Does coral bean (Erythrina herbacea) deserve a place in your garden? The fact that it is beautiful is unchallenged. Its attractiveness to hummingbirds and butterflies is well documented. However, its beans are very poisonous. The leaves and stems have prickles, and sharp, recurved spines arm the stems. Decide for yourself whether or not the coral bean would be a good addition to your landscape.
All of us have those places in our gardens-places where the soil is poor or where the irrigation system does not reach. It is for these places that we choose tough, native plants. If wisely chosen and given some modicum of care during the establishment period, such plants will flourish with little or no supplemental irrigation. They often need no fertilizer, and no chemicals will be needed to control insect pests.
The showy coral bean (Erythrina herbacea) is one example of a native plant that will survive in an out-of-the-way place in the landscape with very little effort on the gardener's part. Sometimes called Cherokee bean or cardinal spear, this native legume grows naturally in hardwood hammocks throughout the southern portions of the United States and on into Mexico. Most references place it in USDA Zones 8-10, but there is some evidence that it can be successfully grown somewhat beyond this range.
In spring, clusters of bright red tubular flowers up to two inches long are held on leafless spikes well above the foliage. Later in the season, its membership in the Leguminosae family (now Papilionaceae subfamily) is evident when large bean-like pods appear. These pods split open in fall to reveal bright red seeds that stay attached to the pods for a few weeks.
(A young coral bean in the author's garden)
Not only are the flowers and beans attractive; the foliage lends its own kind of beauty. Bright green, compound leaves are uniquely shaped. Each leaf contains three leaflets that are broad in the center but pointed at the tips. Be careful as you work around this plant, because it is well armed. Along the midribs on the underside of each leaf are stickery prickles, and the stems are armed with short, recurved spines capable of grasping unsuspecting ungloved hands.
(Foliage of the coral bean is unique.)
Growing Coral Bean
If you decide that you want a coral bean in your landscape, choose a place with well-drained soil and some protection from the hot, afternoon sun. Consider its accessibility to children who may be tempted to try the beautiful red, but highly toxic beans. Also, think about whether or not visitors to your garden will brush against the shrub and be caught by its spines.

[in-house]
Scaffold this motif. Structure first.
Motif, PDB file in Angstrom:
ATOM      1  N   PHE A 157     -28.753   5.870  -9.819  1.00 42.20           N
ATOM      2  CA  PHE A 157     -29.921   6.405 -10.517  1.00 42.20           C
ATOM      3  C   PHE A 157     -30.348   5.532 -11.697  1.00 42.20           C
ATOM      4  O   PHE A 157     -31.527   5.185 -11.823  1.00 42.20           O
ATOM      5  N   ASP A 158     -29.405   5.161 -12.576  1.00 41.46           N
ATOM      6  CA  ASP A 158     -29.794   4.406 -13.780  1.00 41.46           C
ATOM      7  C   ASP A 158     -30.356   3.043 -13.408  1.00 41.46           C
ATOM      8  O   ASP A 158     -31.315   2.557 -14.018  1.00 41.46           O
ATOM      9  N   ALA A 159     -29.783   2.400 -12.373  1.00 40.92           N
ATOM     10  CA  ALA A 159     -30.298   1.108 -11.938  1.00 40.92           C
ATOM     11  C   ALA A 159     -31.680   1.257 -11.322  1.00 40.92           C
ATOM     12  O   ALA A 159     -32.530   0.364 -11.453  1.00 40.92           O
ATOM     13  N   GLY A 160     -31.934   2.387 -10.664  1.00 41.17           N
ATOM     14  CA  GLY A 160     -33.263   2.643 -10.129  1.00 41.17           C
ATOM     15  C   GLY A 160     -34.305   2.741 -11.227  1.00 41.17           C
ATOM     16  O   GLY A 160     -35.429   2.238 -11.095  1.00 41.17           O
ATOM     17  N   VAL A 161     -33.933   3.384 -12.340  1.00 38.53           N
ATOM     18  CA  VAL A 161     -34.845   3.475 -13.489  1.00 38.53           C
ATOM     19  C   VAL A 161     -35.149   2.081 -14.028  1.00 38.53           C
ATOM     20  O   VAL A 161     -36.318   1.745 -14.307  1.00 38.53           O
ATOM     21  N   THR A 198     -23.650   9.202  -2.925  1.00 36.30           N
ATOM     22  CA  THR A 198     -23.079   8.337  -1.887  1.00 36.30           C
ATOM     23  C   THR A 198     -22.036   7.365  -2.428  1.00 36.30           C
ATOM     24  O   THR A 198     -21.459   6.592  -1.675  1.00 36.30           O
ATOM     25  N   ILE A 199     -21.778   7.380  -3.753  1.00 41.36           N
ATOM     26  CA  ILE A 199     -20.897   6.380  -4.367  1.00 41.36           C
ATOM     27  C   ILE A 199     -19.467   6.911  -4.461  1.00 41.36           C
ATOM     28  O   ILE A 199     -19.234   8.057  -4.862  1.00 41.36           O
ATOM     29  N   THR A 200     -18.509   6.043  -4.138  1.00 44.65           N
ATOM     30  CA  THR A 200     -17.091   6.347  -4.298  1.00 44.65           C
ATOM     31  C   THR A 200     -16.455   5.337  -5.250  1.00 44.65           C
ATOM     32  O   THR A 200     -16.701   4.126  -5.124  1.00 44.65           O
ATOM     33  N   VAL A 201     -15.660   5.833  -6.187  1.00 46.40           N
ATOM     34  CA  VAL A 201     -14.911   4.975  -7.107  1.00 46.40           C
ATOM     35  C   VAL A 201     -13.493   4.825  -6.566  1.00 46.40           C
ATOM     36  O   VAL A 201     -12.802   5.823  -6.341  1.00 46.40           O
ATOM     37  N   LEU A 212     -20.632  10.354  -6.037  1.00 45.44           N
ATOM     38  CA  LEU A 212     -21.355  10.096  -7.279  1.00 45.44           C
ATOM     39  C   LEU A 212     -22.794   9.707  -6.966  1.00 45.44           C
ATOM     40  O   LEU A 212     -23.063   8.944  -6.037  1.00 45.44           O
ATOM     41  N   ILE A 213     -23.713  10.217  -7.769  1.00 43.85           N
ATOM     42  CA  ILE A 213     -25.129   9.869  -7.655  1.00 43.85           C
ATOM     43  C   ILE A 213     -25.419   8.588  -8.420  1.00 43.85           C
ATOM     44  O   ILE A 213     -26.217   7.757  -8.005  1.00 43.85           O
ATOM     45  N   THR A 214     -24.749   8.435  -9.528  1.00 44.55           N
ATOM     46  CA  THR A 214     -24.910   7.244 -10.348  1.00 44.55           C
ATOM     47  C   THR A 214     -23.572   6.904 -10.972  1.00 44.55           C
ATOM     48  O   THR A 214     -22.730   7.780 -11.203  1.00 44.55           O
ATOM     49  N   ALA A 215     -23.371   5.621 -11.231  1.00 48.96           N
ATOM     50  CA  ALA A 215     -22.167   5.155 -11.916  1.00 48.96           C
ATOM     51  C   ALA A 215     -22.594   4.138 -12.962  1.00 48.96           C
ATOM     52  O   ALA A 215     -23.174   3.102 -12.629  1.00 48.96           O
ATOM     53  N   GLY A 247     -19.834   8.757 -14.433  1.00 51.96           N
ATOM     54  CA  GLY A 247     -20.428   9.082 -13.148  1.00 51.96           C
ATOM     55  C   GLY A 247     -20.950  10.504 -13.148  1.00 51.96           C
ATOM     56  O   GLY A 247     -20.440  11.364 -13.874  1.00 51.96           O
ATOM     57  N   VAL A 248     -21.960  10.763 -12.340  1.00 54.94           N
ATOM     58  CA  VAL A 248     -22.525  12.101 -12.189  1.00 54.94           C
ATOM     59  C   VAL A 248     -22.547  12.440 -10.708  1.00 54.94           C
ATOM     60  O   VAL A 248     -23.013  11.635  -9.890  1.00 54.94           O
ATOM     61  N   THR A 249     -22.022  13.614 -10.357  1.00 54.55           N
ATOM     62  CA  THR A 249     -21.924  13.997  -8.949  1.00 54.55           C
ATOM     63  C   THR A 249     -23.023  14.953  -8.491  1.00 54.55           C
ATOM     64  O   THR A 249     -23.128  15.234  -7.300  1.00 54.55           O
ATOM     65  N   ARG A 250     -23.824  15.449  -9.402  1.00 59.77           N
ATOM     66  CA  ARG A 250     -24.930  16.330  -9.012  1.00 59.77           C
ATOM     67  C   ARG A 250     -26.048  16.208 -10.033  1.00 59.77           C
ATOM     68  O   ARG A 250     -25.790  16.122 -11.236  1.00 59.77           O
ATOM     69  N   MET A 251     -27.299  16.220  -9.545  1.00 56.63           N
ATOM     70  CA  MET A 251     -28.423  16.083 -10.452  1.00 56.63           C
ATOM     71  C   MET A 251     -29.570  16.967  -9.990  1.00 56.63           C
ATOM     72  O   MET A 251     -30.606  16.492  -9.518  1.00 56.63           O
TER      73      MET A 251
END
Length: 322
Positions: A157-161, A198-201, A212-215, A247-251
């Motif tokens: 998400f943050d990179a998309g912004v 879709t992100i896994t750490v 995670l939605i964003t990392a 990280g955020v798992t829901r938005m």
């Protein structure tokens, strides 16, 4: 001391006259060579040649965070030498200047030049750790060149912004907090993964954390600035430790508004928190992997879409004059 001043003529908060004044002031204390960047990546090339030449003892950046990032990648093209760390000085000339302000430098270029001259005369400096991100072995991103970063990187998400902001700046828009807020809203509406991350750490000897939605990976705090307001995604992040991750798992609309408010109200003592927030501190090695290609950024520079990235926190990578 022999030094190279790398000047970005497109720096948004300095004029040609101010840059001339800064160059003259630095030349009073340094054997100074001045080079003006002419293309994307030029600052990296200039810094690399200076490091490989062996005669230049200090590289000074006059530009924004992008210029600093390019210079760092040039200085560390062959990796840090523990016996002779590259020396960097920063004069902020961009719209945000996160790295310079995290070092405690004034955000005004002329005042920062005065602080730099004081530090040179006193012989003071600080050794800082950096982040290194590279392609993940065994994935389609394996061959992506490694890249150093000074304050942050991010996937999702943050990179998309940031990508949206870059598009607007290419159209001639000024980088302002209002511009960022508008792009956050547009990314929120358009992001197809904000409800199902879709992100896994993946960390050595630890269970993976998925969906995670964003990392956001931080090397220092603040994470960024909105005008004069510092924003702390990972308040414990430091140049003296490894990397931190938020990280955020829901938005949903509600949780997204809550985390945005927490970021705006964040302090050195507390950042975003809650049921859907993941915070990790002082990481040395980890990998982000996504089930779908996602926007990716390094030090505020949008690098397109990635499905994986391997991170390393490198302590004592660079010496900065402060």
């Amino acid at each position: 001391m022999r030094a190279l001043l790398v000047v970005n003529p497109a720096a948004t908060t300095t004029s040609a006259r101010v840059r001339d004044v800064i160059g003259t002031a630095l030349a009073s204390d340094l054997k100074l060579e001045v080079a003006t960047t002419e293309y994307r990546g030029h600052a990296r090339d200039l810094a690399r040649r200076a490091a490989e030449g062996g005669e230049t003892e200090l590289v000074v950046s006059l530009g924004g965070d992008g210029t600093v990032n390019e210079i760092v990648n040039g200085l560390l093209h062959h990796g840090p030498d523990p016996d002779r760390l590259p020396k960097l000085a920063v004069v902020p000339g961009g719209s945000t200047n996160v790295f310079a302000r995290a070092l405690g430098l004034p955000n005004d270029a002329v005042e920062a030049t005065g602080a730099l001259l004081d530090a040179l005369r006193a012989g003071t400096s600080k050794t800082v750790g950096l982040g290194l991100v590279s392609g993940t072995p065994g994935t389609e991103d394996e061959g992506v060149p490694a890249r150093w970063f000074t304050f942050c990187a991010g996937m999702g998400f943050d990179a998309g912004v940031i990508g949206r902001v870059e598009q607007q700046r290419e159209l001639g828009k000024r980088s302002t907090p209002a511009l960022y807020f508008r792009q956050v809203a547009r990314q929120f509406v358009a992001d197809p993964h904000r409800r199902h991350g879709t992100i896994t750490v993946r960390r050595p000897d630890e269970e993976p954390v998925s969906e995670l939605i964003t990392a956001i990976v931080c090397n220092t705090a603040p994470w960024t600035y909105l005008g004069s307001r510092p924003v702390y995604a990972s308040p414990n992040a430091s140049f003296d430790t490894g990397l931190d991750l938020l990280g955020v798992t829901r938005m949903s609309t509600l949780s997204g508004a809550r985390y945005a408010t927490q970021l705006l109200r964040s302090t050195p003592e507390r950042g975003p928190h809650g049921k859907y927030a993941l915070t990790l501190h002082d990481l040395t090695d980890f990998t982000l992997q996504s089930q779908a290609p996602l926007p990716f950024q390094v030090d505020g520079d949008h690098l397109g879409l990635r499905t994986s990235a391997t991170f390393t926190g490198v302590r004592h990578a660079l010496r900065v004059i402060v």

Another consideration that is seldom considered when deciding where to place plants is whether or not they can be transplanted easily. The woody root of the coral bean is massive and difficult to dig after it has been in place for a while. Be sure to plant it where you want it to stay. Know that if you do have to dig it at some time in the future, you will have a sizeable job on your hands.
Coral bean is easily propagated by seeds or cuttings. Seeds that fall on the ground sprout readily. As you might expect, birds carry them far from their point of origin, so new plants might sprout in places where you don't want them.
Coral bean is drought-tolerant as well as moderately salt-tolerant. Frost or freezing weather will kill it back to the ground, but it reemerges each spring. Although the plant prefers rich, organic soil, it is tolerant of much less and does satisfactorily on sandy, well-drained soil in full sun or partial shade. Cut back the dead limbs from the previous summer's growth just before new growth emerges. Give it a shot of fertilizer while you're at it if you want to stimulate more vigorous growth. Expect coral bean to grow about 20 feet tall if you live in a frost-free area. In places where cold weather kills it back, it seldom grows taller than 8 feet.
Uses of Coral Bean
Coral bean is a popular choice for hummingbird and butterfly gardens. The tubular flowers seem made-to-order for hummers' tongues. The roots were once used by Native Americans to increase perspiration, and the beans have been used as rat poison and to paralyze fish. Young flowers and leaves can be safely cooked and eaten, but ingesting the seeds may cause diarrhea and vomiting.
About Marie Harrison
Serving as a board member for Valparaiso Garden Club, the Florida Federation of Garden Clubs and the Deep South Region, and National Garden Clubs takes a chunk of my time and attention. Being a Master Flower Show Judge, a Floral Design Instructor, instructor of horticulture for National Garden Clubs, and a University of Florida Master Gardener crowds a bit more into my busy days. In addition to these activities, I contribute regularly to Florida Gardening magazine and other publications. I am author of four gardening books, all published by Pineapple Press, Sarasota, Florida. Read about them and visit me at www.mariesgardenanddesign.com.